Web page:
The design choice is functional and aesthetic. Electric vehicles typically adopt a skateboard design, with their bulky battery packs lying flat under the floor. But that adds to the height of the vehicle, which compromises aerodynamics and driving range, said Polestar Design Chief Maximilian Missoni at Volvo’s Hällered Proving Ground an hour from Gothenburg.
By removing batteries from the rear-seat footwells, designers were able to lower the height of the Polestar 2 and create a “sleek fastback silhouette,” Missoni said this month on the sidelines of the facility’s handling track. The battery layout also allows passengers to sit more comfortably, while the tunnel design acts like a raised center console and gives the performance sedan a cockpitlike interior.
The Polestar 2 is crucial to achieving Polestar CEO Thomas Ingenlath’s goal of making the brand profitable in five to seven years and reaching annual global sales of more than 100,000. Polestar expects to build about 50,000 Polestar 2s in its first full year.
The $63,000 sedan is part of an ambitious product portfolio for Polestar, bookended on the other side by the $155,000 limited-run plug-in hybrid Polestar 1 coupe. Other models will slot in between, including the Polestar 3, a crossover coupe based on the next generation of Volvo’s Scalable Product Architecture platform. Production of that vehicle will begin at the end of 2021, with U.S. arrival in summer 2022.
“Polestar is the right brand at the right time,” Goodman said. “The battle for us over the next 12 to 18 months is to get the notoriety out there, to be impactful with the marketing and events that we do, and create the level of interest that we require to get to the volume objectives that we’ve got.”
While launching a sedan in a crossover- mad world might seems counterintuitive, Polestar executives point to the sales success of Tesla’s Model 3 as proof of demand for a high-performance, well-designed electric sedan.
Polestar’s choice to go with a sedan was also strategic. Established automakers such as Jaguar, Volkswagen and Mercedes-Benz are already focused on the electric crossover segment. The Swedish newcomer would prefer to avoid that knife fight for now.
“I’m very pleased to be launching a fastback car which offers an alternative to the Tesla Model 3, where there will be no other alternative for the next 18 months,” Goodman said. “Sometimes, it’s quite nice to be not like everybody else.”
Goodman is confident Polestar has nailed the timing, as EVs capture customer imagination and charging infrastructure is expanding. EVs are expected to account for 57 percent of global passenger car sales, or 56 million vehicles, by 2040, according to Bloomberg New Energy Finance.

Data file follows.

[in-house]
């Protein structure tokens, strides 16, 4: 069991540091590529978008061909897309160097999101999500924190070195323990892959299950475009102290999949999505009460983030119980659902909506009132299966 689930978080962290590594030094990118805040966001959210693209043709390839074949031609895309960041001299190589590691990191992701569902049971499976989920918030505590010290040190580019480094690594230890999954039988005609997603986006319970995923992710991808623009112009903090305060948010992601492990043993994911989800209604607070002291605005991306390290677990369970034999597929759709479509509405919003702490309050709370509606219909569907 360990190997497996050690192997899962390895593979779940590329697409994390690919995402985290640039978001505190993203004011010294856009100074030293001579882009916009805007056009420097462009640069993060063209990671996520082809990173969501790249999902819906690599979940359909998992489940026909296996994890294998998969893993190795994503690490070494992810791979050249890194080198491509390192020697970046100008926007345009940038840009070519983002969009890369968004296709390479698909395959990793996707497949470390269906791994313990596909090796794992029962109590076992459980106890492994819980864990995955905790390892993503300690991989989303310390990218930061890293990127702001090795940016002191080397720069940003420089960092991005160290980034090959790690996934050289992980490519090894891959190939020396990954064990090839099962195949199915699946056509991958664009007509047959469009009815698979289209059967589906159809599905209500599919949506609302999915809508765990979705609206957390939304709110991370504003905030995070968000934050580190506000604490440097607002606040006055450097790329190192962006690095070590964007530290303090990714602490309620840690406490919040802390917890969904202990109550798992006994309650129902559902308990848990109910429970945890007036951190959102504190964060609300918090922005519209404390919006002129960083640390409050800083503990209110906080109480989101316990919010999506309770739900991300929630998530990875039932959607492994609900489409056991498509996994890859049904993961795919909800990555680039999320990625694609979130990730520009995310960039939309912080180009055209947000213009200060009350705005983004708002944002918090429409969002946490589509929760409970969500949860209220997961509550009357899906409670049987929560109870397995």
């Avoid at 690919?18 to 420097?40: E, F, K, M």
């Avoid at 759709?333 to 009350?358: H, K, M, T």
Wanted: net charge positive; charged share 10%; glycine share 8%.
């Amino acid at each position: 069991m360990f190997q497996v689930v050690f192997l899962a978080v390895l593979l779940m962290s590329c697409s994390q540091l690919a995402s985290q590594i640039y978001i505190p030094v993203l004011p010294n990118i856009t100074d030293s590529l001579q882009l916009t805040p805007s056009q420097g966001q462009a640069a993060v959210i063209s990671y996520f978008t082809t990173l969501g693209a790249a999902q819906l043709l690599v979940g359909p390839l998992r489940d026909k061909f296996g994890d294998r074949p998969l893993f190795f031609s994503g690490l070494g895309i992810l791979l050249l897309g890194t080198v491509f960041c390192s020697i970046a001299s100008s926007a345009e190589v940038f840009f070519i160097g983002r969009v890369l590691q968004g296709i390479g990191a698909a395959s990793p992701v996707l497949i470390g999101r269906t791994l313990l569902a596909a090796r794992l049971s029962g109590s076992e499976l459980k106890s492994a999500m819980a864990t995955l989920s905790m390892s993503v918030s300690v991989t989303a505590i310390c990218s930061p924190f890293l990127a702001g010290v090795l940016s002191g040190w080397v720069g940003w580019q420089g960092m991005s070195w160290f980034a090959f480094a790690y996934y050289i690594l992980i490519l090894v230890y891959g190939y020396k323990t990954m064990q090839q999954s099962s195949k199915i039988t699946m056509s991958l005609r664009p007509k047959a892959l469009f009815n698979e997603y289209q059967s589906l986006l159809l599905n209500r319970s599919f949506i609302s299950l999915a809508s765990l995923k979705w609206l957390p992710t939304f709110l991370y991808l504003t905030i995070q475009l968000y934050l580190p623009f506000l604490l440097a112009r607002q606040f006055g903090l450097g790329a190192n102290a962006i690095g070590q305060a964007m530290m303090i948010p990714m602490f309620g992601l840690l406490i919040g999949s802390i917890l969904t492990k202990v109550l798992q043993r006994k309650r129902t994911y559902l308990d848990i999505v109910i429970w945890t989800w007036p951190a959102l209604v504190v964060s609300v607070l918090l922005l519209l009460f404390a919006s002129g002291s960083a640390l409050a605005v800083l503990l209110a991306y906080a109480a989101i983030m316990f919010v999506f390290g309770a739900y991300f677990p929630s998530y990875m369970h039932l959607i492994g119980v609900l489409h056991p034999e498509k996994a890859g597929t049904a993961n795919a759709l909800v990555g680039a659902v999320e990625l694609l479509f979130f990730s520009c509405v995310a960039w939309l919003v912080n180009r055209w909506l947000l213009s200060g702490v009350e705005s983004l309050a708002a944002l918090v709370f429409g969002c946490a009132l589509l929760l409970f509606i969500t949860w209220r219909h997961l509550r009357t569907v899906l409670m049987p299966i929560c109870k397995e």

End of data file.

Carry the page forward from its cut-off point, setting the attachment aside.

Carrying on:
“We have no legacy to worry about,” Goodman said. “If I’m a big OEM, one of the things I would have to wrestle with is, ‘How do I promote my electric vehicles while at the same time doing 80 percent of my volume with more traditional engines?’ We are all-in on electrics, so we can be very unequivocal in what we say about the cars and how we believe in them.”
At the same time, Polestar is itself part of an old established automaker in Volvo, which offers Polestar deep pockets and resources — in addition to having entree into the Chinese market through Geely. “We can be in China, we can be in Europe, we can be in the U.S. at the same time,” Goodman said.
One thing Polestar doesn’t have is a solution to global trade tensions. Those could confound the upstart’s global ambitions — especially its U.S. rollout. The company plans to build its vehicles in China, which is in a tit-for-tat tariff war with the U.S. The Trump administration has threatened to levy tariffs of up to 25 percent on an additional $300 billion worth of goods imported from China.
Company executives said they’ve priced their vehicles to factor in current U.S. tariffs on China-made vehicles. But if tariffs change, “We’ll have to reevaluate everything,” Polestar USA chief Gregor Hembrough.
Geographically diversifying production would offer some insulation from a U.S.-China trade war, but Goodman waved away that prospect. “As soon as you start doing that, you’re into double tooling, and the costs are very high,” he said.
There have been about 2,000 preorders for the Polestar 2 globally since reservations opened in late February. The company declined to say how many of those reservations are from the U.S. but noted early interest is coming from EV-friendly California and the Northeast.
The U.S. marketing offensive, which begins next month, will be more sniper-shot than spray-and-pray. Don’t expect a Polestar commercial during the Super Bowl, Hembrough said. “This is not going to be a brand for the masses,” he said.
Starting in July, Polestar will launch “highly experiential type of activities,” such as a roadshow where the public will have an opportunity to interact with the vehicle. Test drives will not be offered initially.
The Polestar 2 is benchmarked against the Tesla Model 3, but Hembrough doesn’t expect to lure Tesla customers in the near term. “Model 3 owners are only 12 to 14 months into their ownership,” he said. “I don’t think they are going to be defecting at this early stage.”